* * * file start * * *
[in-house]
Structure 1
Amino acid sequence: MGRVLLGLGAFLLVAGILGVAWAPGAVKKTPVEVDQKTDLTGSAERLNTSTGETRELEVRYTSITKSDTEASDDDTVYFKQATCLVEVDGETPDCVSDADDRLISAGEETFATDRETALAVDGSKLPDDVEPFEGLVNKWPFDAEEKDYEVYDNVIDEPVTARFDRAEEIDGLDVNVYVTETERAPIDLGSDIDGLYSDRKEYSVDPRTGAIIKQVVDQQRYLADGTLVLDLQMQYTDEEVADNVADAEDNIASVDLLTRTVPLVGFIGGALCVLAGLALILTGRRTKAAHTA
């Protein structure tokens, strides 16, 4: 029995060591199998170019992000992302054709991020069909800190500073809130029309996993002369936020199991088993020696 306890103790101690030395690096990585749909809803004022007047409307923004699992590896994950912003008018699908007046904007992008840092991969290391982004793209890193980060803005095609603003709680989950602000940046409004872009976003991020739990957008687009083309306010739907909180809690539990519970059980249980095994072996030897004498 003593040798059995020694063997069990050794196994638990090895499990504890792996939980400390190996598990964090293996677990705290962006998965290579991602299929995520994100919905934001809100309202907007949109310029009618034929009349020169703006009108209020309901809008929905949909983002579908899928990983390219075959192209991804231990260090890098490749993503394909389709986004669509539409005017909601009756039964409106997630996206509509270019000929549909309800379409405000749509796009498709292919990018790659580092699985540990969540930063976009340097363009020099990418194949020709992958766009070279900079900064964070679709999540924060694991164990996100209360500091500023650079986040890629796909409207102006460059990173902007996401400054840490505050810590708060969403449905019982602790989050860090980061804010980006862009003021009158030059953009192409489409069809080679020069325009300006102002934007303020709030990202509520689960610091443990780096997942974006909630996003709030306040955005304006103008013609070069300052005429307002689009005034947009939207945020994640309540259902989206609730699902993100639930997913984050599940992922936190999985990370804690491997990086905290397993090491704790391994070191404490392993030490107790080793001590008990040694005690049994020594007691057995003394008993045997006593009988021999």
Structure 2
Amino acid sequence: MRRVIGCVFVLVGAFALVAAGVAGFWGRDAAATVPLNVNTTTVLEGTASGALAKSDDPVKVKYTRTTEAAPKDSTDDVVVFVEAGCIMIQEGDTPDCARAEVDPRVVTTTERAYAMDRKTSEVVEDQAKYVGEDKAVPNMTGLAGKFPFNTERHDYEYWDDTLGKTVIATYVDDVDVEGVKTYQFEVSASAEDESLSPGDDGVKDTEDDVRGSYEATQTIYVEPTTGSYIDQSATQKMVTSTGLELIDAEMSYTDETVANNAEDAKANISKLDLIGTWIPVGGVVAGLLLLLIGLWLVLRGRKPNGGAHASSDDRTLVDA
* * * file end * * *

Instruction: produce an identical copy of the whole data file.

[in-house]
Structure 1
Amino acid sequence: MGRVLLGLGAFLLVAGILGVAWAPGAVKKTPVEVDQKTDLTGSAERLNTSTGETRELEVRYTSITKSDTEASDDDTVYFKQATCLVEVDGETPDCVSDADDRLISAGEETFATDRETALAVDGSKLPDDVEPFEGLVNKWPFDAEEKDYEVYDNVIDEPVTARFDRAEEIDGLDVNVYVTETERAPIDLGSDIDGLYSDRKEYSVDPRTGAIIKQVVDQQRYLADGTLVLDLQMQYTDEEVADNVADAEDNIASVDLLTRTVPLVGFIGGALCVLAGLALILTGRRTKAAHTA
């Protein structure tokens, strides 16, 4: 029995060591199998170019992000992302054709991020069909800190500073809130029309996993002369936020199991088993020696 306890103790101690030395690096990585749909809803004022007047409307923004699992590896994950912003008018699908007046904007992008840092991969290391982004793209890193980060803005095609603003709680989950602000940046409004872009976003991020739990957008687009083309306010739907909180809690539990519970059980249980095994072996030897004498 003593040798059995020694063997069990050794196994638990090895499990504890792996939980400390190996598990964090293996677990705290962006998965290579991602299929995520994100919905934001809100309202907007949109310029009618034929009349020169703006009108209020309901809008929905949909983002579908899928990983390219075959192209991804231990260090890098490749993503394909389709986004669509539409005017909601009756039964409106997630996206509509270019000929549909309800379409405000749509796009498709292919990018790659580092699985540990969540930063976009340097363009020099990418194949020709992958766009070279900079900064964070679709999540924060694991164990996100209360500091500023650079986040890629796909409207102006460059990173902007996401400054840490505050810590708060969403449905019982602790989050860090980061804010980006862009003021009158030059953009192409489409069809080679020069325009300006102002934007303020709030990202509520689960610091443990780096997942974006909630996003709030306040955005304006103008013609070069300052005429307002689009005034947009939207945020994640309540259902989206609730699902993100639930997913984050599940992922936190999985990370804690491997990086905290397993090491704790391994070191404490392993030490107790080793001590008990040694005690049994020594007691057995003394008993045997006593009988021999």
Structure 2
Amino acid sequence: MRRVIGCVFVLVGAFALVAAGVAGFWGRDAAATVPLNVNTTTVLEGTASGALAKSDDPVKVKYTRTTEAAPKDSTDDVVVFVEAGCIMIQEGDTPDCARAEVDPRVVTTTERAYAMDRKTSEVVEDQAKYVGEDKAVPNMTGLAGKFPFNTERHDYEYWDDTLGKTVIATYVDDVDVEGVKTYQFEVSASAEDESLSPGDDGVKDTEDDVRGSYEATQTIYVEPTTGSYIDQSATQKMVTSTGLELIDAEMSYTDETVANNAEDAKANISKLDLIGTWIPVGGVVAGLLLLLIGLWLVLRGRKPNGGAHASSDDRTLVDA